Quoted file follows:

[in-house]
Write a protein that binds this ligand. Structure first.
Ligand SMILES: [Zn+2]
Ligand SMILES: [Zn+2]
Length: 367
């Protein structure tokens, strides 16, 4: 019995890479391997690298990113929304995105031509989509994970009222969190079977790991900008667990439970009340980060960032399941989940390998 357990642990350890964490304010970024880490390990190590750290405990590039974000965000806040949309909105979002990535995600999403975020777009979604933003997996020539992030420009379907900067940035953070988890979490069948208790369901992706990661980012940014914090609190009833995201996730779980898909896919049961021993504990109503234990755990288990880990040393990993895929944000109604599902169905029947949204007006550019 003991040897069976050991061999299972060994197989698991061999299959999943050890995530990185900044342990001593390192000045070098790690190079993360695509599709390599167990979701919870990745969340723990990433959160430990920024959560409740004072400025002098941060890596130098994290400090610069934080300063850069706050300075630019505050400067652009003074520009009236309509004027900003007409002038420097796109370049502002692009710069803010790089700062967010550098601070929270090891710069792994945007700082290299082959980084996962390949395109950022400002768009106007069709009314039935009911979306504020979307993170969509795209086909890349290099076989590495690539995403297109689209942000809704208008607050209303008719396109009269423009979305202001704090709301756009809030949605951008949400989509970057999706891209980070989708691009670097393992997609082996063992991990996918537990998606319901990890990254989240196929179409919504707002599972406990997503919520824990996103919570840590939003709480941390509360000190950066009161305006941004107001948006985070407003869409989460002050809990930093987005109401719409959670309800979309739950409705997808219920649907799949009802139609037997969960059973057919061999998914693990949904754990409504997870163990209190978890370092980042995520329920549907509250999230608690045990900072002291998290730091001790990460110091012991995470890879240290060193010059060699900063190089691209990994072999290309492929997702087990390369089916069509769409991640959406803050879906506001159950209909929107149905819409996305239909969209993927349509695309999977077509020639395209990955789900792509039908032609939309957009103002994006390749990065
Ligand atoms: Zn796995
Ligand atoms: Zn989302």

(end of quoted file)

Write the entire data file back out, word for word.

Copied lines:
[in-house]
Write a protein that binds this ligand. Structure first.
Ligand SMILES: [Zn+2]
Ligand SMILES: [Zn+2]
Length: 367
């Protein structure tokens, strides 16, 4: 019995890479391997690298990113929304995105031509989509994970009222969190079977790991900008667990439970009340980060960032399941989940390998 357990642990350890964490304010970024880490390990190590750290405990590039974000965000806040949309909105979002990535995600999403975020777009979604933003997996020539992030420009379907900067940035953070988890979490069948208790369901992706990661980012940014914090609190009833995201996730779980898909896919049961021993504990109503234990755990288990880990040393990993895929944000109604599902169905029947949204007006550019 003991040897069976050991061999299972060994197989698991061999299959999943050890995530990185900044342990001593390192000045070098790690190079993360695509599709390599167990979701919870990745969340723990990433959160430990920024959560409740004072400025002098941060890596130098994290400090610069934080300063850069706050300075630019505050400067652009003074520009009236309509004027900003007409002038420097796109370049502002692009710069803010790089700062967010550098601070929270090891710069792994945007700082290299082959980084996962390949395109950022400002768009106007069709009314039935009911979306504020979307993170969509795209086909890349290099076989590495690539995403297109689209942000809704208008607050209303008719396109009269423009979305202001704090709301756009809030949605951008949400989509970057999706891209980070989708691009670097393992997609082996063992991990996918537990998606319901990890990254989240196929179409919504707002599972406990997503919520824990996103919570840590939003709480941390509360000190950066009161305006941004107001948006985070407003869409989460002050809990930093987005109401719409959670309800979309739950409705997808219920649907799949009802139609037997969960059973057919061999998914693990949904754990409504997870163990209190978890370092980042995520329920549907509250999230608690045990900072002291998290730091001790990460110091012991995470890879240290060193010059060699900063190089691209990994072999290309492929997702087990390369089916069509769409991640959406803050879906506001159950209909929107149905819409996305239909969209993927349509695309999977077509020639395209990955789900792509039908032609939309957009103002994006390749990065
Ligand atoms: Zn796995
Ligand atoms: Zn989302």